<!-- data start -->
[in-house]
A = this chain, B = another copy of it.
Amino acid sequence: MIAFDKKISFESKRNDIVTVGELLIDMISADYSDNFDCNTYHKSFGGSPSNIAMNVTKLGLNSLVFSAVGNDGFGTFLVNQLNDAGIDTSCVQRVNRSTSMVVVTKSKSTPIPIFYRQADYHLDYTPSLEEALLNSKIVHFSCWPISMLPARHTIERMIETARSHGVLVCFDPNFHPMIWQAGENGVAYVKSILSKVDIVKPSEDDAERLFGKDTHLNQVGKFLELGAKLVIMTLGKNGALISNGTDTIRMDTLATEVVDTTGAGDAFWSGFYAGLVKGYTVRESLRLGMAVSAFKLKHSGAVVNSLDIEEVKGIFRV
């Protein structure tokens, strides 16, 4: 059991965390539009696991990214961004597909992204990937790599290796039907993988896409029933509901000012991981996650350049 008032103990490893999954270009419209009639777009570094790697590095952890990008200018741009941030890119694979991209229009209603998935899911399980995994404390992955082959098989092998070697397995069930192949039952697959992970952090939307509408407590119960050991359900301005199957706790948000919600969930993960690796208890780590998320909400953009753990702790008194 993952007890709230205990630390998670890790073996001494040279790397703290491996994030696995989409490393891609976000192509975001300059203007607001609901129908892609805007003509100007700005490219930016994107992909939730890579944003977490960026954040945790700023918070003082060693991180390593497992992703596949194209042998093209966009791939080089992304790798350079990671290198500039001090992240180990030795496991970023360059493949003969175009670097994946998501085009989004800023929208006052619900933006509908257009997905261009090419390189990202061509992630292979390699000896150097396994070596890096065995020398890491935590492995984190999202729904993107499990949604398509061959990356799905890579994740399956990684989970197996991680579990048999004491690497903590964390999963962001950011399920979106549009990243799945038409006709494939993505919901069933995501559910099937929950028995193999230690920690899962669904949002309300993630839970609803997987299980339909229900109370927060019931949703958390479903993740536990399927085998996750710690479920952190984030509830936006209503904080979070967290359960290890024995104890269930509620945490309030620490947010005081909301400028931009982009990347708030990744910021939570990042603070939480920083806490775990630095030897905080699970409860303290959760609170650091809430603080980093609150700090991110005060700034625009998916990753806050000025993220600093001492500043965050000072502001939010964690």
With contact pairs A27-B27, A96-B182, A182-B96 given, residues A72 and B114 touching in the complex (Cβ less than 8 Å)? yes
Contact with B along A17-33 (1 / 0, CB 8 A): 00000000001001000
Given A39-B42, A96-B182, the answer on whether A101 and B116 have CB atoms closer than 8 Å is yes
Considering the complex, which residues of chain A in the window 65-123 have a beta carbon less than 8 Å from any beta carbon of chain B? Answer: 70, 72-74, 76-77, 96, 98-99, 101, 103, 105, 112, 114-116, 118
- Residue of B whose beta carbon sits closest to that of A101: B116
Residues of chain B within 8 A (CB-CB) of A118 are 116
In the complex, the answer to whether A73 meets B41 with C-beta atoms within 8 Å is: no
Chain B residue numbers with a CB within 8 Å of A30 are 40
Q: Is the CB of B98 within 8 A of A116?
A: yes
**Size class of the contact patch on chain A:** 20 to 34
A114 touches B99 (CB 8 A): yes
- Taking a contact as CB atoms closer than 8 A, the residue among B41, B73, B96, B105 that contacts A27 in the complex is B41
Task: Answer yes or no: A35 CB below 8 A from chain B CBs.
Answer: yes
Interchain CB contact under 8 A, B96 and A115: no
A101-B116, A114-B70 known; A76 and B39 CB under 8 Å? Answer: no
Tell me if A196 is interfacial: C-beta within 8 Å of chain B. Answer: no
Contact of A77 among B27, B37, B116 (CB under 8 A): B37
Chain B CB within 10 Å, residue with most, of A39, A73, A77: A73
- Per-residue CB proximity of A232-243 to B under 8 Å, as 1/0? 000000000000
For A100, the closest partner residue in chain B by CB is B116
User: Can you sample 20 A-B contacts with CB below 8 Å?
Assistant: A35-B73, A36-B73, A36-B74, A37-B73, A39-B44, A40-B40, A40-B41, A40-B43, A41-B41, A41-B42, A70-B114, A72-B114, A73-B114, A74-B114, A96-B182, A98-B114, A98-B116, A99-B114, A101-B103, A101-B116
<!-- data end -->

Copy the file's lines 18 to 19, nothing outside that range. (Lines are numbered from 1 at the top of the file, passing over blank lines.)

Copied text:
Task: Answer yes or no: A35 CB below 8 A from chain B CBs.
Answer: yes